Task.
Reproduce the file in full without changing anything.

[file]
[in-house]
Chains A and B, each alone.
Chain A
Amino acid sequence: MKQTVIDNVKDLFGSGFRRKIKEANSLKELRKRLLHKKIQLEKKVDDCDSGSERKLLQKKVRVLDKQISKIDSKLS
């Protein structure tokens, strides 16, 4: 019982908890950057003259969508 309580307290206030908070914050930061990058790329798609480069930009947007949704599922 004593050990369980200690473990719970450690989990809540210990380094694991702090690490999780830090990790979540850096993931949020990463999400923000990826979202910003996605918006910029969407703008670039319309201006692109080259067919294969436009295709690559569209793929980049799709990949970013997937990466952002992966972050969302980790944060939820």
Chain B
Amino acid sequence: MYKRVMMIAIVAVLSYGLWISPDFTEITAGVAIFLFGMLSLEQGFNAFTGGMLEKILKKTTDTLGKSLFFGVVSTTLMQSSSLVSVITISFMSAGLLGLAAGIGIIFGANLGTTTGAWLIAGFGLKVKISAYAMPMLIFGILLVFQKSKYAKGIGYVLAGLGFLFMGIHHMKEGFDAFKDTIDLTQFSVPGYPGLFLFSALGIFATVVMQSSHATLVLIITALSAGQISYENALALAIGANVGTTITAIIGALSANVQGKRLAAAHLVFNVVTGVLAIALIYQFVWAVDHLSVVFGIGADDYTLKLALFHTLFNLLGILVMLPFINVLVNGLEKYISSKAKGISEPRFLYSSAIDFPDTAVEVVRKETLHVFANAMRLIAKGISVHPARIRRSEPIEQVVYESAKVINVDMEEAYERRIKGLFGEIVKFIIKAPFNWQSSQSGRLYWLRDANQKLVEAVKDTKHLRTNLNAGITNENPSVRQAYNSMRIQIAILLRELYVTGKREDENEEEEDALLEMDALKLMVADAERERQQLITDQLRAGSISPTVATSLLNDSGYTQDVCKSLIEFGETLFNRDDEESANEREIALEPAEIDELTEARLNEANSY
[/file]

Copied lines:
[in-house]
Chains A and B, each alone.
Chain A
Amino acid sequence: MKQTVIDNVKDLFGSGFRRKIKEANSLKELRKRLLHKKIQLEKKVDDCDSGSERKLLQKKVRVLDKQISKIDSKLS
């Protein structure tokens, strides 16, 4: 019982908890950057003259969508 309580307290206030908070914050930061990058790329798609480069930009947007949704599922 004593050990369980200690473990719970450690989990809540210990380094694991702090690490999780830090990790979540850096993931949020990463999400923000990826979202910003996605918006910029969407703008670039319309201006692109080259067919294969436009295709690559569209793929980049799709990949970013997937990466952002992966972050969302980790944060939820």
Chain B
Amino acid sequence: MYKRVMMIAIVAVLSYGLWISPDFTEITAGVAIFLFGMLSLEQGFNAFTGGMLEKILKKTTDTLGKSLFFGVVSTTLMQSSSLVSVITISFMSAGLLGLAAGIGIIFGANLGTTTGAWLIAGFGLKVKISAYAMPMLIFGILLVFQKSKYAKGIGYVLAGLGFLFMGIHHMKEGFDAFKDTIDLTQFSVPGYPGLFLFSALGIFATVVMQSSHATLVLIITALSAGQISYENALALAIGANVGTTITAIIGALSANVQGKRLAAAHLVFNVVTGVLAIALIYQFVWAVDHLSVVFGIGADDYTLKLALFHTLFNLLGILVMLPFINVLVNGLEKYISSKAKGISEPRFLYSSAIDFPDTAVEVVRKETLHVFANAMRLIAKGISVHPARIRRSEPIEQVVYESAKVINVDMEEAYERRIKGLFGEIVKFIIKAPFNWQSSQSGRLYWLRDANQKLVEAVKDTKHLRTNLNAGITNENPSVRQAYNSMRIQIAILLRELYVTGKREDENEEEEDALLEMDALKLMVADAERERQQLITDQLRAGSISPTVATSLLNDSGYTQDVCKSLIEFGETLFNRDDEESANEREIALEPAEIDELTEARLNEANSY